Ch 5 Elasticity bb

Ch 5 Elasticity bb - Chapter 5 Elasticity Copyright 2006...

Info iconThis preview shows pages 1–10. Sign up to view the full content.

View Full Document Right Arrow Icon
Copyright © 2006 Nelson, a division of Thomson Canada Ltd. Chapter 5 Elasticity
Background image of page 1

Info iconThis preview has intentionally blurred sections. Sign up to view the full version.

View Full DocumentRight Arrow Icon
Copyright © 2006 Nelson, a division of Thomson Canada Ltd. Elasticity  is a measure of how much buyers and sellers  respond to changes in market conditions.   measures how responsive Qd or Qs is to changes  in price, income or prices of related goods. allows us to analyze supply and demand with  greater precision. 
Background image of page 2
Copyright © 2006 Nelson, a division of Thomson Canada Ltd. Elasticity of Demand Price elasticity of demand  is a measure of how  much the quantity demanded of a good responds  to a change in the price of that good. Price elasticity of demand is the percentage  change in quantity demanded given a percent  change in the price. 
Background image of page 3

Info iconThis preview has intentionally blurred sections. Sign up to view the full version.

View Full DocumentRight Arrow Icon
Copyright © 2006 Nelson, a division of Thomson Canada Ltd. The price elasticity of demand is computed as  the percentage change in the quantity  demanded divided by the percentage change  in price. We’ll denote price elasticity by Ep.              Ep = percentage change in Qd                              percentage change in P = % in Qd % in P
Background image of page 4
Copyright © 2006 Nelson, a division of Thomson Canada Ltd. The number we get from our calculations is  called the  coefficient of elasticity . The size of the coefficient, Ep, will tell us how  elastic the good is – how responsive demand is to  a change in price. Since elasticity will vary, we can define different  types of elasticity.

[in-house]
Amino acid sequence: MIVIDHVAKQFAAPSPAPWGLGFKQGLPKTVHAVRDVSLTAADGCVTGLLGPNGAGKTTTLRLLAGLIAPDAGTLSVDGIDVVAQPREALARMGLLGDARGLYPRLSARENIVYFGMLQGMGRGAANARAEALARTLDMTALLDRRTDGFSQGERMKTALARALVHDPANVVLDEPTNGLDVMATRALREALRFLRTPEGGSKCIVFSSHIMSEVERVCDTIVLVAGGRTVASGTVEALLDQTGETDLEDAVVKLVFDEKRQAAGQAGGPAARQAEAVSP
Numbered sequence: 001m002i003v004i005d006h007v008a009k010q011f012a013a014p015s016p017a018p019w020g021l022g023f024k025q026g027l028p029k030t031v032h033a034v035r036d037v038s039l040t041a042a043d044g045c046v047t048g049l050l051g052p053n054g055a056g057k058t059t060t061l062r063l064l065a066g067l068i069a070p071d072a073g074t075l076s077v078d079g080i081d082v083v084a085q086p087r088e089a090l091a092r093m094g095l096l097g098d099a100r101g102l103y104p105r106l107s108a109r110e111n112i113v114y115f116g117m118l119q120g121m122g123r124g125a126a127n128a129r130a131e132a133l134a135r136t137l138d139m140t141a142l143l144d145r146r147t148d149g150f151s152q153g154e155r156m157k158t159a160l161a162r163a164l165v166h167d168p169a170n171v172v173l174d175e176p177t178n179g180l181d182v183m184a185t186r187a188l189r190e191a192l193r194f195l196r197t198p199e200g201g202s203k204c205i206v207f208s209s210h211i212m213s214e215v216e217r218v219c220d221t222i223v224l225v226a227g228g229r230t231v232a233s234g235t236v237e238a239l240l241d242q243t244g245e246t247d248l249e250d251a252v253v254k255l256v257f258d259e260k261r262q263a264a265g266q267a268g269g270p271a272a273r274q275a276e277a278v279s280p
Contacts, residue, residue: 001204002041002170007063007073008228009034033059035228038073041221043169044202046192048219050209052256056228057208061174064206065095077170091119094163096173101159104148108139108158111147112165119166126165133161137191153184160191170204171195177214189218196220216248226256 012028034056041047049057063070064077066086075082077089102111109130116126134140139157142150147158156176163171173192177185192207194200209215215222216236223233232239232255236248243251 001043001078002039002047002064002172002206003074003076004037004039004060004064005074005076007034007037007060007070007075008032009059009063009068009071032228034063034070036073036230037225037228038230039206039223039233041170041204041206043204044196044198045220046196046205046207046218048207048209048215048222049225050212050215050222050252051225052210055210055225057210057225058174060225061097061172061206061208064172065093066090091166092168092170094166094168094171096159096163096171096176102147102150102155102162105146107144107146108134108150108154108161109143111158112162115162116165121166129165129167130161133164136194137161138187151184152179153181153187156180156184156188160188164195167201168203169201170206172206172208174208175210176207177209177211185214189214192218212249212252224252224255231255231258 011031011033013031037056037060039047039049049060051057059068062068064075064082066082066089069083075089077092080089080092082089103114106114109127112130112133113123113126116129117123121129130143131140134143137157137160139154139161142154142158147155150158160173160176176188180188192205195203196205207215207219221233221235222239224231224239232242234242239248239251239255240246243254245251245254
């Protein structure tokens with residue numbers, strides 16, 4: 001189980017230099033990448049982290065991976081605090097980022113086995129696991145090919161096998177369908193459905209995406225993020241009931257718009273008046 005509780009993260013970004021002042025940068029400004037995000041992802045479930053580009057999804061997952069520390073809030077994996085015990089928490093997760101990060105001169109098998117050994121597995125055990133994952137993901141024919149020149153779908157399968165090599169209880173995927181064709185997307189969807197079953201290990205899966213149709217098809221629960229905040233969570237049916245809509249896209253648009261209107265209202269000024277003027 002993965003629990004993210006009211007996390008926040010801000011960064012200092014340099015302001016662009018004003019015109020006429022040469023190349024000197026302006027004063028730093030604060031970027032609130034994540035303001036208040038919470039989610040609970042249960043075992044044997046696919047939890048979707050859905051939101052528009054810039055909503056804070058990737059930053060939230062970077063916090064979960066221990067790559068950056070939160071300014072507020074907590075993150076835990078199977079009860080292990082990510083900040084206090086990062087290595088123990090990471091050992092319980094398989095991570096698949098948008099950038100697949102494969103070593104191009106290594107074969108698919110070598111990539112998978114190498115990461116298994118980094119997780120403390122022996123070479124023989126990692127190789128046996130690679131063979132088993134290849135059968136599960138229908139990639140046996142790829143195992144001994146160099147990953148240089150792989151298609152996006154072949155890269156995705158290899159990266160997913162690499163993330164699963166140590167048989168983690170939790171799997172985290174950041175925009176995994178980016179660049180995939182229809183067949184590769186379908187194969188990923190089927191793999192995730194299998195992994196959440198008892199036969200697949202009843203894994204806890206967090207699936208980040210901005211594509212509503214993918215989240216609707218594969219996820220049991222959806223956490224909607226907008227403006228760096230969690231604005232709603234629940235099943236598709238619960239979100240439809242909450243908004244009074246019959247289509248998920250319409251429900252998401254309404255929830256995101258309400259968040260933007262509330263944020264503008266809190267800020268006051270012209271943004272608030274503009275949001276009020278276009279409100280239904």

Background image of page 5

Info iconThis preview has intentionally blurred sections. Sign up to view the full version.

View Full DocumentRight Arrow Icon
Copyright © 2006 Nelson, a division of Thomson Canada Ltd. Types of Price Elasticity People respond to changes in price differently  depending on various factors. Are there a large number of substitutes? Is the good a luxury or a necessity? How narrowly defined is the market? What about the time period?
Background image of page 6
Copyright © 2006 Nelson, a division of Thomson Canada Ltd. Inelastic Demand Quantity demanded does not respond strongly to  price changes. The % change in Qd < % change in P Ep < 1 The demand curve would be fairly steep. Example: required textbooks. Your only options  to buying a new book is to find a used copy,  which may be difficult.
Background image of page 7

Info iconThis preview has intentionally blurred sections. Sign up to view the full version.

View Full DocumentRight Arrow Icon
Copyright © 2006 Nelson, a division of Thomson Canada Ltd. Inelastic Demand Q P D The change in P is proportionally bigger than the change in Q.
Background image of page 8
Nelson, a division of Thomson Canada Ltd. Elastic Demand Quantity demanded responds strongly to changes  in price. The % change in Qd > % change in P
Background image of page 9

Info iconThis preview has intentionally blurred sections. Sign up to view the full version.

View Full DocumentRight Arrow Icon
Image of page 10
This is the end of the preview. Sign up to access the rest of the document.

Page1 / 79

Ch 5 Elasticity bb - Chapter 5 Elasticity Copyright 2006...

This preview shows document pages 1 - 10. Sign up to view the full document.

View Full Document Right Arrow Icon
Ask a homework question - tutors are online